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VOL. 37 | NO. 35 | Friday, August 30, 2013
Rates are rising, rates are rising
On July 22, 1981, the federal funds rate (the interbank overnight benchmark rate) hit a historic high of 22.36 percent.
On Dec. 11, 2011, it bottomed at .04 percent. Between 1981 and today, large company stocks returned nearly 11 percent on an annualized basis. As consensus suggests, falling interest rates undoubtedly make stocks more valuable.
While today’s rates might remain historically low for an extended period, their absolute lows have most likely been printed. The Federal Reserve has pegged the overnight rate at 0 percent and suppressed long-term rates by purchasing $85 billion a month of long-duration Treasuries and mortgages. We now seem to be entering the phase where this policy may reverse.
The mere suggestion of a turnabout has led to rising rates. Yes, the overnight federal funds rate remains anchored at 0 percent, but the 10-year Treasury has climbed from 1.43 percent to 2.84 percent.
Will rising rates lead to falling stocks? The historic correlation between intermediate term bond yields and the S&P 500 is slightly negative. This implies that an uptick in yields leads to a decline in stock values. Case closed? Not so fast.
Peering deeper into the relationship between stocks and bond yields, we find that if rates rise on rising economic expectations, stocks and yield correlations are positive, but if rates rise on rising inflationary expectations, correlations turn negative.
To translate, as yields rise off their lows in an economic recovery, stocks tend to perform well. Once inflationary pressures build and yields climb to more punitive levels, stocks tend to struggle with competition, anticipation of earnings pressure, and the threat of economic recession.
Recent observations add confirmation. Between 1/1/09 and 12/31/09, the 10-year Treasury yield increased by 1.65 percent to 3.85 percent; simultaneously, the S&P 500 gained 26.46 percent. Between 9/1/10 and 3/31/11, yields increased by 1.00 percent to 3.47 percent; simultaneously, the S&P 500 gained 27.78 percent. Finally, between 7/25/12 and last week, yields increased by 1.47 percent to 2.9 percent; simultaneously, the S&P 500 gained roughly 30 percent.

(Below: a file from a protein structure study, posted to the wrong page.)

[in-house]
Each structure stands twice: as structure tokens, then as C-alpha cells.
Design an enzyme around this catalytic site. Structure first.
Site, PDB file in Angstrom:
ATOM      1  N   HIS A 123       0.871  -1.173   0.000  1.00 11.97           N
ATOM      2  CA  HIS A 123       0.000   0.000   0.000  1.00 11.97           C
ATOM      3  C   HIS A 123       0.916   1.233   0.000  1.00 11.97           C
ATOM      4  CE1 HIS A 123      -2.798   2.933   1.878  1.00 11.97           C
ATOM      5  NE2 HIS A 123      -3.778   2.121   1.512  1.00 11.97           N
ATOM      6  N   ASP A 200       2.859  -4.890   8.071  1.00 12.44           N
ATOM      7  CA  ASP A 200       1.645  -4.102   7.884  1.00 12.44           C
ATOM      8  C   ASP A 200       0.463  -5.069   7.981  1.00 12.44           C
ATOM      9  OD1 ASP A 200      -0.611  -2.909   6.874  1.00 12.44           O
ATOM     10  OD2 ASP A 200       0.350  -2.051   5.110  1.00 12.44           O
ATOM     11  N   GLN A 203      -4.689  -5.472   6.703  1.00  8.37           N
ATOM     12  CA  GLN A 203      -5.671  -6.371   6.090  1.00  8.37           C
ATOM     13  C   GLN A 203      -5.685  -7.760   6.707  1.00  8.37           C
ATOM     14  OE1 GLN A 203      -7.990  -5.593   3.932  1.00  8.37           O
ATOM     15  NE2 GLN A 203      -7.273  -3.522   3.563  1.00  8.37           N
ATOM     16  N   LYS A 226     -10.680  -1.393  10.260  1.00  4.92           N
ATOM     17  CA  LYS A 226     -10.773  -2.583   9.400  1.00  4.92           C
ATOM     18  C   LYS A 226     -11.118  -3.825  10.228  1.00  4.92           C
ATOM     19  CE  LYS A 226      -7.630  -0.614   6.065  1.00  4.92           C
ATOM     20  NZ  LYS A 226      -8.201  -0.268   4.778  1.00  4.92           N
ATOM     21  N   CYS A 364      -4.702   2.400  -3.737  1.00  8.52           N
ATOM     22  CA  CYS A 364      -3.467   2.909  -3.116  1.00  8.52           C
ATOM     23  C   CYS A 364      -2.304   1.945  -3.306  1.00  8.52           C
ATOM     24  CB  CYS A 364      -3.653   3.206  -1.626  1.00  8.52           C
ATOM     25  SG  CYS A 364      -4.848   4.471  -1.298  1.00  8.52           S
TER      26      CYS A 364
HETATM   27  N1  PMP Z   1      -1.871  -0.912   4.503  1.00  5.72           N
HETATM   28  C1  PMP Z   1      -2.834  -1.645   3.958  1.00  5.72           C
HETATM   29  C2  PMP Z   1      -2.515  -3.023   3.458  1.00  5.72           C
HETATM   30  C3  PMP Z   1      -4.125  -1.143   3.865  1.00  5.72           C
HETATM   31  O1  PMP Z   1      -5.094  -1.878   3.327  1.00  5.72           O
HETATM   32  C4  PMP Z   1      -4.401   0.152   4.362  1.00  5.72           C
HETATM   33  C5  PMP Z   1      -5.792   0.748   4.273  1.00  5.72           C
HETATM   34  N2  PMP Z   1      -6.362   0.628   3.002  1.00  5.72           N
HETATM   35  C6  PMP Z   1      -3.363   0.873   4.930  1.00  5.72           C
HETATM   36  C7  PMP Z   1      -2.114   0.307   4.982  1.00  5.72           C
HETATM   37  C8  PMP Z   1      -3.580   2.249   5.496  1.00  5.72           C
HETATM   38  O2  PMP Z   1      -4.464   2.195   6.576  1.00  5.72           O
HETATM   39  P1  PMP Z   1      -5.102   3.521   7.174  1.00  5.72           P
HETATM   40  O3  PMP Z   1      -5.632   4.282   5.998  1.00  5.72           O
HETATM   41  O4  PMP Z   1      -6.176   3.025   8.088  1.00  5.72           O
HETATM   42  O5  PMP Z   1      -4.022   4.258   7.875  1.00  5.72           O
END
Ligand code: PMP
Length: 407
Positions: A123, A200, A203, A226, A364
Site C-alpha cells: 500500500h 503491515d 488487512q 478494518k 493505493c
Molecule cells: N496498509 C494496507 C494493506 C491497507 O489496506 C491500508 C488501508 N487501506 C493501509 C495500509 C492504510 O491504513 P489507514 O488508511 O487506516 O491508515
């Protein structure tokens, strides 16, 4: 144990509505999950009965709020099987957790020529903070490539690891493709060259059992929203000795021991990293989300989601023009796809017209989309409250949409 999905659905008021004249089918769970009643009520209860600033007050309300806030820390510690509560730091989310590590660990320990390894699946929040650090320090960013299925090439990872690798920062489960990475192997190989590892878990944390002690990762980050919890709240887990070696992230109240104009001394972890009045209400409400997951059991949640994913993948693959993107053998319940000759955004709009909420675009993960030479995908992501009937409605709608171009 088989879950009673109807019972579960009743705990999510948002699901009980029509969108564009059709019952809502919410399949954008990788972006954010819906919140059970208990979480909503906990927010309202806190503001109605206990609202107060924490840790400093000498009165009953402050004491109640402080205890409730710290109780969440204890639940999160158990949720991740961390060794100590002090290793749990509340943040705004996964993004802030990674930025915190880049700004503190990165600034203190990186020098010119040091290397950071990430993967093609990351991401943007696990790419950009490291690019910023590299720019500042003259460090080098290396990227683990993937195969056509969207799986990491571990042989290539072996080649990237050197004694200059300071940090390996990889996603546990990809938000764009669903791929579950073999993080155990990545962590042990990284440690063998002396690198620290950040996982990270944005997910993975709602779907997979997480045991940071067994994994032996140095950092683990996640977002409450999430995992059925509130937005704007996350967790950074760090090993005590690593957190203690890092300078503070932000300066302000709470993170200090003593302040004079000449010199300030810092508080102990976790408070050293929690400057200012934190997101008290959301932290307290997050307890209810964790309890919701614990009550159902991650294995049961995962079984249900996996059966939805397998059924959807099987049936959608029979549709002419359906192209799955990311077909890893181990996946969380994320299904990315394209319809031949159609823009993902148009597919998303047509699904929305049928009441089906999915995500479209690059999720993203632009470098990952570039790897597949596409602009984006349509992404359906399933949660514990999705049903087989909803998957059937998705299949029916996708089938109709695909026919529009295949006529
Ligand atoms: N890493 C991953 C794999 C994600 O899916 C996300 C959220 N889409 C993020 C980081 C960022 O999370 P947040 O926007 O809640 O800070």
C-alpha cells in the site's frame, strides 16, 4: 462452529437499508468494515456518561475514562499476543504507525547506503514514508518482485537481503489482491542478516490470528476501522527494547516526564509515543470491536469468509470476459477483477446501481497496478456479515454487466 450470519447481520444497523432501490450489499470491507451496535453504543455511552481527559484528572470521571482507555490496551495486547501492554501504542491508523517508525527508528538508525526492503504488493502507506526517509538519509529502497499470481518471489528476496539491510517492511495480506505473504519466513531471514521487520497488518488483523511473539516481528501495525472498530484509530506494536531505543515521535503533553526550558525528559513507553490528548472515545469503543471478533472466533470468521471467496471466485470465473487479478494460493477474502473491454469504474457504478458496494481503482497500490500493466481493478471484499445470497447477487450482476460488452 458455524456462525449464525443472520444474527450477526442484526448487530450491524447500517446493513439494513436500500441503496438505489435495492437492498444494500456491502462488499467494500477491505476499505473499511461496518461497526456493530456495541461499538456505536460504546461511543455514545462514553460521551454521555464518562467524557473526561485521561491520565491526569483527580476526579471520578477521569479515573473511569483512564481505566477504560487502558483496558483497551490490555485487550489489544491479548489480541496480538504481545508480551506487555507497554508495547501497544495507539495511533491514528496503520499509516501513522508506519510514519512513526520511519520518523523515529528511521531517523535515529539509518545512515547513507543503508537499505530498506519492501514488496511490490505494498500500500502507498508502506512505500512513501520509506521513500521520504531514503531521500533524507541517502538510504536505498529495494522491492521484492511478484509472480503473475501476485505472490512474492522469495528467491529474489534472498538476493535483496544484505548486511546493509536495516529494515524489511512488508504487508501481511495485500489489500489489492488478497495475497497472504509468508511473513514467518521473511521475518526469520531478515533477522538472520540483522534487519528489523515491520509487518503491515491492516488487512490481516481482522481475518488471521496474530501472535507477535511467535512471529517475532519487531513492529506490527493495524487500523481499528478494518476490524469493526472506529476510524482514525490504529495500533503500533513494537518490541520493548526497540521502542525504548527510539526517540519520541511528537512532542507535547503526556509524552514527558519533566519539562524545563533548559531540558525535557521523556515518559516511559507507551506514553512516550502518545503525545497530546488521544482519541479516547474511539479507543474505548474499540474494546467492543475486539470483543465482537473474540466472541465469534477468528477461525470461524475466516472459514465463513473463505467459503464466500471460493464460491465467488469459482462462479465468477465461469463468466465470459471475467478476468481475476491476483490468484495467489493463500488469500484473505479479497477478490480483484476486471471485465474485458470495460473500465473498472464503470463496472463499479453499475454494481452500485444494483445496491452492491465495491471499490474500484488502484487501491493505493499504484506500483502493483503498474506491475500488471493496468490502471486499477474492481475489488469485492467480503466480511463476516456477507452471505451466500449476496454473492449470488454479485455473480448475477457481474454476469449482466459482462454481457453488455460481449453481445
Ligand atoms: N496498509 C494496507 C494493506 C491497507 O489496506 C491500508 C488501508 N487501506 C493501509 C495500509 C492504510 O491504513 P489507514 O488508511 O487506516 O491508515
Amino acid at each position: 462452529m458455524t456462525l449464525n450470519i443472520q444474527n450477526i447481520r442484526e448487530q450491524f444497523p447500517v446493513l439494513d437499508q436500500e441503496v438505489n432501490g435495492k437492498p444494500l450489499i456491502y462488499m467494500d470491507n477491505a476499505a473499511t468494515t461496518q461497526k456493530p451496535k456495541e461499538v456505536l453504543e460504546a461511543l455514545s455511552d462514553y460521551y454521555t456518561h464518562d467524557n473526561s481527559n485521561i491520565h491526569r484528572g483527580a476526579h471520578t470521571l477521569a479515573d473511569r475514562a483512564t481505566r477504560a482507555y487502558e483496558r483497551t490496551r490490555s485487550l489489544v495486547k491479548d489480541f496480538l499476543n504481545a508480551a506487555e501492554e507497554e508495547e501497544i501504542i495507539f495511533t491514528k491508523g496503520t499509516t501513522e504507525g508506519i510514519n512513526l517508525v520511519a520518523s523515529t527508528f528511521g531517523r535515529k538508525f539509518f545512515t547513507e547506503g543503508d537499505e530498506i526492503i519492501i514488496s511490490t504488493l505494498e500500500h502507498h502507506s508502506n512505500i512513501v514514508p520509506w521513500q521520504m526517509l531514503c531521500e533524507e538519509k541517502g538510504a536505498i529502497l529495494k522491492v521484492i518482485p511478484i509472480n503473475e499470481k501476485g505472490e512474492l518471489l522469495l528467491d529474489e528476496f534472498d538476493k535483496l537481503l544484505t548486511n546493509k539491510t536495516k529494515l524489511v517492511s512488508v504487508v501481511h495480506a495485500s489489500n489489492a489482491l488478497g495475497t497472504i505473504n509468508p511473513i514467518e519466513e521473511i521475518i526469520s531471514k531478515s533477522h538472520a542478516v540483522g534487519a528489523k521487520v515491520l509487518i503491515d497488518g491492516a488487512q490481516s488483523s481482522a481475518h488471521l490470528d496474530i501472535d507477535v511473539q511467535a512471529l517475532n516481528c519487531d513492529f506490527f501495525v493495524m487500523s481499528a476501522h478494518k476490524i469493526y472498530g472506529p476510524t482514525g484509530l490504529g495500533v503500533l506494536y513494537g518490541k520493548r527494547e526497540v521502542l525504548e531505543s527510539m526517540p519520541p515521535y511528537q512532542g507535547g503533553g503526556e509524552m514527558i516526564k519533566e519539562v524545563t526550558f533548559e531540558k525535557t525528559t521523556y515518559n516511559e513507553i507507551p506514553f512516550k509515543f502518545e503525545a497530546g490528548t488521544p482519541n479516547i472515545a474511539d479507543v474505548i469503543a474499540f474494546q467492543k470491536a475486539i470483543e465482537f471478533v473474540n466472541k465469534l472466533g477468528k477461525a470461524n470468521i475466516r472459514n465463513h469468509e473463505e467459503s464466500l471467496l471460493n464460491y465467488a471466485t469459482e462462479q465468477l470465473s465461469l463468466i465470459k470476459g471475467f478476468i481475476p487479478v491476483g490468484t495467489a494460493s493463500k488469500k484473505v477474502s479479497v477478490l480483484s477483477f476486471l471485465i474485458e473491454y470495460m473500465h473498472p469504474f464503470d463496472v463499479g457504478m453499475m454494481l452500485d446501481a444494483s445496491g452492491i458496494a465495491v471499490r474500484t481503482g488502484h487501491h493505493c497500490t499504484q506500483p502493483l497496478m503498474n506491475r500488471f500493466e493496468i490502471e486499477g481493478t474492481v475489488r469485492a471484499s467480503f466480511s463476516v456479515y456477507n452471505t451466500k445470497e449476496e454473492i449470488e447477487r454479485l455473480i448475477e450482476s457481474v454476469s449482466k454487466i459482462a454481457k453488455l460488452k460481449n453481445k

When interest rates and stock prices rise in tandem the returns can be substantial. In fact, according to research done by the Leuthold Group, there have been 12 distinct incidents since 1955 when yields and stock prices rose together. The average yield increase was 1.69 percent during these episodes, while the average stock index increase was 35.3 percent.
Does that mean that we could count on another 30 percent gain if rates rise further from here? Unfortunately not, when yields climb above 3 percent, correlations become less meaningful until rates rise above 5-6 percent, when they turn decisively negative.
So the frequent arguments you hear that rising rates equals falling stocks prove false. Stocks did return 11 percent annually between 1981 and 2013 as Treasury rates collapsed, but they also returned 10.4 percent between 1954 and 1981 as Treasury rates soared.
With inflation low and economic growth escalating, rising rates should correlate with rising stock prices. Eventually, when inflation escalates and economic growth stagnates, rising rates will negatively correlate with stock returns. While the stock market may fall from here … please don’t blame interest rates rising on economic optimism.
David Waddell, who is regularly featured in the Wall Street Journal, USA Today and Forbes, as well as on Fox Business News and CNBC, is president and CEO of Memphis-based Waddell & Associates.